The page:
Snow job

January 29, 2019

Screen shot 2019-01-29 at 9.00.00 PMToronto is a nice place in the snow.

The storm that hit Toronto Monday was epic by Toronto standards, and by morning about 30 centimetres had fallen. Torontonians are an entitled lot, zipping around as they do in their Lexus and BMW and Mercedes cars and SUVs, but a big old wallop of snow renders a lot of these people pretty helpless. It slows them down, and evens things out a bit.

We live on a corner lot; municipal bylaws require homeowners to shovel their sidewalk, and so we end up with about 40 metres of sidewalk to clear off. My son and I started shoveling in the evening, and shoveled about every two hours, but the snow quickly erased our work. By morning I had to shovel it all over again.

But before I started I noticed a young man who parks his white delivery van by the neighbour’s house across the street. He backed up, trying to leave for the day, and lodged his truck in deep snow. His wheels spun helplessly. He got out a long pole with a squeegee blade and started trying to dig himself out, and I just felt bad so I went over, and then Frits came out as well, and we lent the truck driver a third shovel, and we dug him out.Screen shot 2019-01-29 at 9.00.15 PM He doesn’t speak much English, but he managed, “Thank you.”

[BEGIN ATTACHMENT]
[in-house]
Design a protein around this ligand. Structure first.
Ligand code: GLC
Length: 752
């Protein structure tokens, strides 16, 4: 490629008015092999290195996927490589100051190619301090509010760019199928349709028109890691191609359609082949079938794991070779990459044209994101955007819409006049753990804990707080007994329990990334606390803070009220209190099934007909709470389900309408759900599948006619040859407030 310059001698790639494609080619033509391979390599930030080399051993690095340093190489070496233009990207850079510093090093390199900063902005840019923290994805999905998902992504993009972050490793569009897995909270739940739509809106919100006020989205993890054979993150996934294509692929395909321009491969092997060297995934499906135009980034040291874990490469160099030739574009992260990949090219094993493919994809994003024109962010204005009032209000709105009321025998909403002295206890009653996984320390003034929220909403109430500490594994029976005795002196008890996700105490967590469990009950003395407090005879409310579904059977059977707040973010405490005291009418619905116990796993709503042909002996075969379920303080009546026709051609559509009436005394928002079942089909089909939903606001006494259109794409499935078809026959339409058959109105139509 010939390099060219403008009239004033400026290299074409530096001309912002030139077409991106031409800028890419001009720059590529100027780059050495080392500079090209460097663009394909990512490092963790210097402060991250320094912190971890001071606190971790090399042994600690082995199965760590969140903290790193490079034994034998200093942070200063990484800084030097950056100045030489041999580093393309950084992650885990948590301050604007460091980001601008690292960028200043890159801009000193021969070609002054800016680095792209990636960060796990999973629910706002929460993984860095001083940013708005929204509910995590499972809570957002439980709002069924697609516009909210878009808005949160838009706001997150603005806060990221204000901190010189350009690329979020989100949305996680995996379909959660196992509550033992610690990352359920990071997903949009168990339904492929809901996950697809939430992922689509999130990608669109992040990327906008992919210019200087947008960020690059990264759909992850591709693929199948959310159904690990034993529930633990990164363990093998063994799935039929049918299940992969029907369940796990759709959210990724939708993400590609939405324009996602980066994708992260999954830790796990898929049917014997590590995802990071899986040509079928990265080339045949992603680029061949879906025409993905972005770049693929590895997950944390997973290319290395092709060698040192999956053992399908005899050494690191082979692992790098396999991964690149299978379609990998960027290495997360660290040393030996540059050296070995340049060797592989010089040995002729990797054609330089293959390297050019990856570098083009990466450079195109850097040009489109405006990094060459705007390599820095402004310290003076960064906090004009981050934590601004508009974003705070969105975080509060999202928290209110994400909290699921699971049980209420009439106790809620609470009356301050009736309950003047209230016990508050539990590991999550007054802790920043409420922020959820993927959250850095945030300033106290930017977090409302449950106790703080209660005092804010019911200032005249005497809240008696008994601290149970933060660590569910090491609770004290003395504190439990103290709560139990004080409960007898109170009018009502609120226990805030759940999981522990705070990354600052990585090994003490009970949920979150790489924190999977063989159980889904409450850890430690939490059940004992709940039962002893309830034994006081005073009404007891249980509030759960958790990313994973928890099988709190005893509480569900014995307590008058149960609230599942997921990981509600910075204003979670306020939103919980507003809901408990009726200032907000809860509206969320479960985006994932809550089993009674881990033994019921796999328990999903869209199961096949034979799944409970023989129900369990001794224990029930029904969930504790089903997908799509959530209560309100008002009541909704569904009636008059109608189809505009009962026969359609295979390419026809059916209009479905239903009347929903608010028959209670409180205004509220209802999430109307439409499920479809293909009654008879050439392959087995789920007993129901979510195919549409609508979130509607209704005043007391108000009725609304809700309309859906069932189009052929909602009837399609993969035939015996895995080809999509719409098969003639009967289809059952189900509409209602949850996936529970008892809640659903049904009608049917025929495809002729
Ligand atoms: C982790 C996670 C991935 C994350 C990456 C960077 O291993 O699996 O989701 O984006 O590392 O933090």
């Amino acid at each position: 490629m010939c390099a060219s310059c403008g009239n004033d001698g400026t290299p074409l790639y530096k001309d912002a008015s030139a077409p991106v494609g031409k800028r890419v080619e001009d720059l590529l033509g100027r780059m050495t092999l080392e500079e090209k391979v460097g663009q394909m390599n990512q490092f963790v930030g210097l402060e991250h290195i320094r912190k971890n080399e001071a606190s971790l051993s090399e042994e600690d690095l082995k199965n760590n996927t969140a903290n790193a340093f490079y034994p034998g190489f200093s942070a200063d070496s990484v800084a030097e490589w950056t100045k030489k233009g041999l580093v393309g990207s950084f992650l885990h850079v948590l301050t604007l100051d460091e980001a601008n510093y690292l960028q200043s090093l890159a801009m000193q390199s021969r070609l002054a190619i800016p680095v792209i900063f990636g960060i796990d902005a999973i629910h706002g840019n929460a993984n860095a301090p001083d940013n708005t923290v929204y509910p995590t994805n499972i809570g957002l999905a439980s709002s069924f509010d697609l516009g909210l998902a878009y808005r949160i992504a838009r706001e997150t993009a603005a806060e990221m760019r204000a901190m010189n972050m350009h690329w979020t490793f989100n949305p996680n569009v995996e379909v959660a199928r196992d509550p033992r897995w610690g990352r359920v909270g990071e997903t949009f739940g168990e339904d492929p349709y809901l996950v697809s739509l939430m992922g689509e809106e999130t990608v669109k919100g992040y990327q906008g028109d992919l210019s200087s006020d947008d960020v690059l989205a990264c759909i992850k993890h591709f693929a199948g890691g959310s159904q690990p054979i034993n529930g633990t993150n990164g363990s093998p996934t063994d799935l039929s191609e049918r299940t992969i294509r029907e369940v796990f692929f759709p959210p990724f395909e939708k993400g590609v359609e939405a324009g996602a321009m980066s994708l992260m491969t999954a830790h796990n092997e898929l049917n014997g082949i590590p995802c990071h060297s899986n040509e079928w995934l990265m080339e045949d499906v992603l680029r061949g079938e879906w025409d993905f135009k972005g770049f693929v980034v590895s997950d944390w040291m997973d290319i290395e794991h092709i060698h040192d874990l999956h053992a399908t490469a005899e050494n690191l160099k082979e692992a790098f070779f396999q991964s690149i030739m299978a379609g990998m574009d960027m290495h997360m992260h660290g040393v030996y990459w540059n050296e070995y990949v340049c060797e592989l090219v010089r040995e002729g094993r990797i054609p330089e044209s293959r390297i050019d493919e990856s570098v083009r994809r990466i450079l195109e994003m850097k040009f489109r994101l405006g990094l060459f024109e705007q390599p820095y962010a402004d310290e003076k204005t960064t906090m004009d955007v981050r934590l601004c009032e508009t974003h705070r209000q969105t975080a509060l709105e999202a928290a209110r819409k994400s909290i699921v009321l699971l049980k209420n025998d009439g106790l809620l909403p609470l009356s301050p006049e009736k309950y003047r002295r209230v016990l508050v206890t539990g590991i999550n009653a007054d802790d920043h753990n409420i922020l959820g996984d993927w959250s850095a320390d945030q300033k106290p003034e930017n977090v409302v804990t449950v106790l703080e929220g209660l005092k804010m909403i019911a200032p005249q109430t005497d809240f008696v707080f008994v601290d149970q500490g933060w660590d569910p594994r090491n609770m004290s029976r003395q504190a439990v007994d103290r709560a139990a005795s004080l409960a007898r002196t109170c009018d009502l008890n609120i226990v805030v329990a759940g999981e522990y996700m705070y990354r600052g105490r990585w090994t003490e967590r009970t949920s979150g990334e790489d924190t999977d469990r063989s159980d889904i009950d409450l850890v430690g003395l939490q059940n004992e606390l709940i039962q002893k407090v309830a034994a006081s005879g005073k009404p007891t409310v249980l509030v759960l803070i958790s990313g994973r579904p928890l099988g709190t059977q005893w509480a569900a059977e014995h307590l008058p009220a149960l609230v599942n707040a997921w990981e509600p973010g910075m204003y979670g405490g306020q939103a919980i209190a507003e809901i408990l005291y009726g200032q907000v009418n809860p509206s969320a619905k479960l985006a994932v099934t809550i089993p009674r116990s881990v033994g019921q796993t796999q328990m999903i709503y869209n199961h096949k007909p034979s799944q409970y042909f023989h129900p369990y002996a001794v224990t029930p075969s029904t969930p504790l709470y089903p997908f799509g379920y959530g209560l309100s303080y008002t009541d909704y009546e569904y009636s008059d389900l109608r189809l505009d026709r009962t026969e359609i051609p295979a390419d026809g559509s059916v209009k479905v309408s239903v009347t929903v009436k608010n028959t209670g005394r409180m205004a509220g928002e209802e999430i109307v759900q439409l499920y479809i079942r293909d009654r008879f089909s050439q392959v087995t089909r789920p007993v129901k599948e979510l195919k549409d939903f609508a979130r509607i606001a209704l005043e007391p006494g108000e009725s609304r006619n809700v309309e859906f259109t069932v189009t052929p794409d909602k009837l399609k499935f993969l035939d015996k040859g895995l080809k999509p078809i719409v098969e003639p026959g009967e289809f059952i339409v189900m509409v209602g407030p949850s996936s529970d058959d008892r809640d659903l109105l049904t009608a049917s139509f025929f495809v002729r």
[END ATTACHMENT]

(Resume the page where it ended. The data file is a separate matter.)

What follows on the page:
Then I shoveled our walk, and then I took Coco to the park. On our way we saw that the plow had pushed snow up against peoples’ cars; a number of citizens stared balefully or pawed dutifully at their cars.

As we crossed the fluffy snow of the park a young woman came towards us wearing rubber boots. “I’m going to try to get to work on foot, because there is no way I can get my car out,” she said.

At Ryerson, where I taught a class today, crews had cut paths with snowblowers, leaving perfectly sliced walls of snow, about waist-height. I saw three young students in hijabs push eachother into the snowbanks.

Tonight when I walked home I saw several other guys who live on corner lots; they were only just barely completing the job of shoveling themselves out.

“It better not snow anymore,” one of my neighbours said.